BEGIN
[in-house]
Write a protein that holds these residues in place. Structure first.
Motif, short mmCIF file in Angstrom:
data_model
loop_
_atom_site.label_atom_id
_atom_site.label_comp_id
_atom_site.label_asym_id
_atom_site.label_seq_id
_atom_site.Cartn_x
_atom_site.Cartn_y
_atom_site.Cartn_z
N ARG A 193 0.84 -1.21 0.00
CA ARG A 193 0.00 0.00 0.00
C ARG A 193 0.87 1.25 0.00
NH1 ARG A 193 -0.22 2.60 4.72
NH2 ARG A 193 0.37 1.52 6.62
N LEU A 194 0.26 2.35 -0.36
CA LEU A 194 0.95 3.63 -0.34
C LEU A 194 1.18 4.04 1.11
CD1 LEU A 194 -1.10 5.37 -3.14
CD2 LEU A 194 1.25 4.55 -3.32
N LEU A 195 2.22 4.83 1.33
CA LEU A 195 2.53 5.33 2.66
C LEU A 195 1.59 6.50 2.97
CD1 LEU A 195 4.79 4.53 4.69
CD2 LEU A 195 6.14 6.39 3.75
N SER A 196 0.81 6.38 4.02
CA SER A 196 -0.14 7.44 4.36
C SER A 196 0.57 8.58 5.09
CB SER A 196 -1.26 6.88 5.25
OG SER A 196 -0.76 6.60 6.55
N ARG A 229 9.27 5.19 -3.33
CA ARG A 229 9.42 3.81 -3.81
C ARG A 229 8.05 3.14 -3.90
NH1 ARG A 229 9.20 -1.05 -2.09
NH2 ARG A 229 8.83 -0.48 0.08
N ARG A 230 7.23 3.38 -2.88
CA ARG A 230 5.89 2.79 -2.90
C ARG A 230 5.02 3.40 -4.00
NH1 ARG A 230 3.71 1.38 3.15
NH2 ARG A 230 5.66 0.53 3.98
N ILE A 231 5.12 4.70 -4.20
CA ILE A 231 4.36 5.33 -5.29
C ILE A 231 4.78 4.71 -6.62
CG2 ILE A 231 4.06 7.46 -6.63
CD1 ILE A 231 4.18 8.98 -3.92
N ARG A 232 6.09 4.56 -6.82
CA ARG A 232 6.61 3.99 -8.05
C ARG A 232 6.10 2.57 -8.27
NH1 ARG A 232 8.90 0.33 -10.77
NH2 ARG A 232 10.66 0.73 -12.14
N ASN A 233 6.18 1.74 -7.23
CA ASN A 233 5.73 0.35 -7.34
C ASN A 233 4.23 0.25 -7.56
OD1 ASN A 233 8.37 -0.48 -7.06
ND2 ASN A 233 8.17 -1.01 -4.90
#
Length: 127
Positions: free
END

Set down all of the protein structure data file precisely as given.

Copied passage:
[in-house]
Write a protein that holds these residues in place. Structure first.
Motif, short mmCIF file in Angstrom:
data_model
loop_
_atom_site.label_atom_id
_atom_site.label_comp_id
_atom_site.label_asym_id
_atom_site.label_seq_id
_atom_site.Cartn_x
_atom_site.Cartn_y
_atom_site.Cartn_z
N ARG A 193 0.84 -1.21 0.00
CA ARG A 193 0.00 0.00 0.00
C ARG A 193 0.87 1.25 0.00
NH1 ARG A 193 -0.22 2.60 4.72
NH2 ARG A 193 0.37 1.52 6.62
N LEU A 194 0.26 2.35 -0.36
CA LEU A 194 0.95 3.63 -0.34
C LEU A 194 1.18 4.04 1.11
CD1 LEU A 194 -1.10 5.37 -3.14
CD2 LEU A 194 1.25 4.55 -3.32
N LEU A 195 2.22 4.83 1.33
CA LEU A 195 2.53 5.33 2.66
C LEU A 195 1.59 6.50 2.97
CD1 LEU A 195 4.79 4.53 4.69
CD2 LEU A 195 6.14 6.39 3.75
N SER A 196 0.81 6.38 4.02
CA SER A 196 -0.14 7.44 4.36
C SER A 196 0.57 8.58 5.09
CB SER A 196 -1.26 6.88 5.25
OG SER A 196 -0.76 6.60 6.55
N ARG A 229 9.27 5.19 -3.33
CA ARG A 229 9.42 3.81 -3.81
C ARG A 229 8.05 3.14 -3.90
NH1 ARG A 229 9.20 -1.05 -2.09
NH2 ARG A 229 8.83 -0.48 0.08
N ARG A 230 7.23 3.38 -2.88
CA ARG A 230 5.89 2.79 -2.90
C ARG A 230 5.02 3.40 -4.00
NH1 ARG A 230 3.71 1.38 3.15
NH2 ARG A 230 5.66 0.53 3.98
N ILE A 231 5.12 4.70 -4.20
CA ILE A 231 4.36 5.33 -5.29
C ILE A 231 4.78 4.71 -6.62
CG2 ILE A 231 4.06 7.46 -6.63
CD1 ILE A 231 4.18 8.98 -3.92
N ARG A 232 6.09 4.56 -6.82
CA ARG A 232 6.61 3.99 -8.05
C ARG A 232 6.10 2.57 -8.27
NH1 ARG A 232 8.90 0.33 -10.77
NH2 ARG A 232 10.66 0.73 -12.14
N ASN A 233 6.18 1.74 -7.23
CA ASN A 233 5.73 0.35 -7.34
C ASN A 233 4.23 0.25 -7.56
OD1 ASN A 233 8.37 -0.48 -7.06
ND2 ASN A 233 8.17 -1.01 -4.90
#
Length: 127
Positions: free